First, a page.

The opinion of the court was delivered by: Oliver W. Wanger United States District Judge
RE: DEFENDANT'S MOTION TO
MEMORANDUM DECISION AND ORDER DISMISS (Doc. 5)
Plaintiff Sherry Fenn filed a complaint against Defendant CIR, Law Offices ("CIR"), a debt collector, pursuant to the Fair Debt Collection Practices Act, 15 U.S.C. § 1692, et seq ("FDCPA").*fn1 Plaintiff alleges that Defendant violated the FDCPA by engaging in abusive and improper behavior while attempting to collect a debt from Plaintiff.
Defendant CIR moves to dismiss the complaint pursuant to Fed. R. Civ. P. 12(b)(6). Defendant argues that Plaintiff has failed to state a cognizable violation of the FDCPA.
The following background facts are taken from the parties' submissions in connection with the motions and other documents on file in this case.
This matter involves a dispute between a Plaintiff and Defendant CIR concerning the latter's attempts to collect an unpaid debt of $2,651.58 (owed to Target National Bank). On January 29, 2010, a validation notice was purportedly sent to Plaintiff seeking the balance of the debt, $2,651.58. It is undisputed that Plaintiff did not respond to the validation notice.
On August 18, 2010, Defendant CIR filed a debt collection suit against Plaintiff on behalf of Target National Bank in the Superior Court of California, County of Stanislaus, Case No. 657041. Defendant claims that Plaintiff, or someone matching her description, was served by substituted service on September 4, 2010.
On September 10, 2010, Plaintiff contacted Defendant CIR to discuss a settlement. Plaintiff offered to resolve the matter for $1,458.37, the amount identified in an expired settlement letter. The parties ultimately agreed to settle the debt collection matter for $1,856.78.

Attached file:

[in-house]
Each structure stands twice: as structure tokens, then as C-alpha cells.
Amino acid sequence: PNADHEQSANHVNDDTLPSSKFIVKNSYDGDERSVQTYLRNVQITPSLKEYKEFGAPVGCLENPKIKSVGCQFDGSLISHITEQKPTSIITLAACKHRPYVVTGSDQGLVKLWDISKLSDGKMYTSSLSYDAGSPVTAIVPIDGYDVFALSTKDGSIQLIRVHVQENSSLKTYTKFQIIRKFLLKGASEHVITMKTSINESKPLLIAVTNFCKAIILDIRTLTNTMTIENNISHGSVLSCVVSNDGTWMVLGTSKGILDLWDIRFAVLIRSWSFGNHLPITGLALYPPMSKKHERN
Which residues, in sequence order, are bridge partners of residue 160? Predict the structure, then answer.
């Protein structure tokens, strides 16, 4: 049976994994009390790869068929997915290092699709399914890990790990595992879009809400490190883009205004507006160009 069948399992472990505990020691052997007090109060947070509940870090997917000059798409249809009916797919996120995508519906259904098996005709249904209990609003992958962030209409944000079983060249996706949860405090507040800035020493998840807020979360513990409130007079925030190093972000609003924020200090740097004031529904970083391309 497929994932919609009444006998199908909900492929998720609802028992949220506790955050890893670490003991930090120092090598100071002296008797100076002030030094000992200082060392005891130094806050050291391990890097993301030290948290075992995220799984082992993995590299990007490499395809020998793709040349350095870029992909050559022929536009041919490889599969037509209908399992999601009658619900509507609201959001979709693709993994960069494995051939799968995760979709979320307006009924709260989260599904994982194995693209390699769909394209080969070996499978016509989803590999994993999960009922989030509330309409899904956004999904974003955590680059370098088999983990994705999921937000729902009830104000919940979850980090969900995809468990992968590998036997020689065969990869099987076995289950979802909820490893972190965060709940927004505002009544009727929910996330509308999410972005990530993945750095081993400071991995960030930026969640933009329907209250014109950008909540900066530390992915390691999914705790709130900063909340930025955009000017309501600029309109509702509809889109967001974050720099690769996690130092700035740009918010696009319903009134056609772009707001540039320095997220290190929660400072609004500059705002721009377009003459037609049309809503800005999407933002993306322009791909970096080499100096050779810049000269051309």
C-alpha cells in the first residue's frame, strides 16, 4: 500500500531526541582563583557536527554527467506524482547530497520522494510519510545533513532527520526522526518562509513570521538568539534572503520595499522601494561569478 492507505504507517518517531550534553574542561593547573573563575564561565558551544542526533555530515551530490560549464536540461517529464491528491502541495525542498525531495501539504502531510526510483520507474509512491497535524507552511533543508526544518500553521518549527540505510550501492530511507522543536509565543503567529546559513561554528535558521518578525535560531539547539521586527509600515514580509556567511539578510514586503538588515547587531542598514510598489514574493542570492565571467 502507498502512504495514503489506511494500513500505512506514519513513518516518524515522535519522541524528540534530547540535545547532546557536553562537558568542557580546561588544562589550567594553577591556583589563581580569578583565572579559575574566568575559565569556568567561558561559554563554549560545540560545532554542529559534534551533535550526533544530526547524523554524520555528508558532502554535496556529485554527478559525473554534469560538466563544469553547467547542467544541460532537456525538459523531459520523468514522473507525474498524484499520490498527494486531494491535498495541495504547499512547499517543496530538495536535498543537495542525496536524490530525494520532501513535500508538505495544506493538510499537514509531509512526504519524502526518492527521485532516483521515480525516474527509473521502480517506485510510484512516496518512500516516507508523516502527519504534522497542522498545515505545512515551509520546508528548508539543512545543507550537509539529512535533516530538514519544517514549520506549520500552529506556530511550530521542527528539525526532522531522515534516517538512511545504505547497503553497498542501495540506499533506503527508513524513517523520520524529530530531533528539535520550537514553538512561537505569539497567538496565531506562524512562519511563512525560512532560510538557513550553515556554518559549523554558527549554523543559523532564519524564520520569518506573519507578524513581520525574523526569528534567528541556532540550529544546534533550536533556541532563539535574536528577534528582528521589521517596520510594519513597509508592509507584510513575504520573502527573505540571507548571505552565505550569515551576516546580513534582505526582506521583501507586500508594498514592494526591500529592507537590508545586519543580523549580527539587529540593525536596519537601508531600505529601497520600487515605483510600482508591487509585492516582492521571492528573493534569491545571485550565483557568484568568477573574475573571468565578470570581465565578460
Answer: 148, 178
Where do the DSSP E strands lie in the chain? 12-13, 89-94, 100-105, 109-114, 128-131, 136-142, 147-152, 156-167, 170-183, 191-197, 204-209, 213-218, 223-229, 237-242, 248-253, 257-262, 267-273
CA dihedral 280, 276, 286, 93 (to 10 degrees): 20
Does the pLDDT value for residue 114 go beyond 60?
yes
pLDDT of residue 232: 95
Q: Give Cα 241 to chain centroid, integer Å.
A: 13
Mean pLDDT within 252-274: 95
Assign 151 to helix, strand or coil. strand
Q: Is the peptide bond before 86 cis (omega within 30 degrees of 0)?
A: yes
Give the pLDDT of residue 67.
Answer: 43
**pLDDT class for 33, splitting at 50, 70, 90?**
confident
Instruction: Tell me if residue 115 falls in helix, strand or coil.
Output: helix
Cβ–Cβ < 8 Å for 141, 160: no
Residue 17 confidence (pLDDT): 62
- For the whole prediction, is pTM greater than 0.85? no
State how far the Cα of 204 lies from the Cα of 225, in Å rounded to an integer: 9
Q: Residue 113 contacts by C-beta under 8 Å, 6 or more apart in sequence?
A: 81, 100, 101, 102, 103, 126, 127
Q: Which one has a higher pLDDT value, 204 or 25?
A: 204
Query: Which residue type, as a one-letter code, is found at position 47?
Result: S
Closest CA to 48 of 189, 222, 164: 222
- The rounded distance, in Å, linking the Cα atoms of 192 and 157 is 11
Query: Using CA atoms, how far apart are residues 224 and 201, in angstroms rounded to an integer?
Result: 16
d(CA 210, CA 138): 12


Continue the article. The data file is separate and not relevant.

On September 13, 2010, Defendant CIR received a cashier's check from Plaintiff in the amount of $1,856.78. Defendant dismissed the state court action against Plaintiff on October 13, 2010.
On October 11, 2010, Plaintiff filed this action to recover actual, statutory and punitive damages stemming from Defendant's allegedly unlawful debt collection practices.*fn2 The federal complaint advances two claims for relief: (1) violations of the Fair Debt Collection Practices Act, 15 U.S.C. § 1692 et seq.; and (2) violations of the California Rosenthal Act, Cal. Civ. Code § 1788 et seq.
On November 24, 2010, Defendant moved to dismiss this action on grounds that Plaintiff has not stated a claim upon which relief can be granted.*fn3 Plaintiff's opposition, filed February 21, 2011, is limited to the merits of the FDCPA claim against Defendant. See Doc. 7 at 4:4-4:6 ("Plaintiff agrees that the Rosenthal Act does not apply to this Defendant and voluntarily dismisses her Second Cause of Action for violations of the Rosenthal Act.").
Federal Rule of Civil Procedure 12(b)(6) permits a motion to dismiss a claim for "failure to state a claim upon which relief can be granted[.]"
"To survive a motion to dismiss, a complaint must contain sufficient factual matter, accepted as true, to 'state a claim to relief that is plausible on its face.'" Ashcroft v. Iqbal, 129 S.Ct. 1937, 1949 (2009) (quoting Bell Atlantic Corp. v. Twombly, 550 U.S. 544, 570 (2007)); see also Weber v. Dep't of Veterans Affairs, 521 F.3d 1061, 1065 (9th Cir. 2008). This tenet - that the court must accept as true all of the allegations contained in the complaint - "is inapplicable to legal conclusions." Iqbal, 129 S.Ct. at 1949. Accordingly, "[t]hreadbare recitals of the elements of a cause of action, supported by mere conclusory statements, do not suffice." Id. (citing Twombly, 550 U.S. at 555). Rather, "[a] claim has facial plausibility when the plaintiff pleads factual content that allows the court to draw the reasonable inference that the defendant is liable for the ...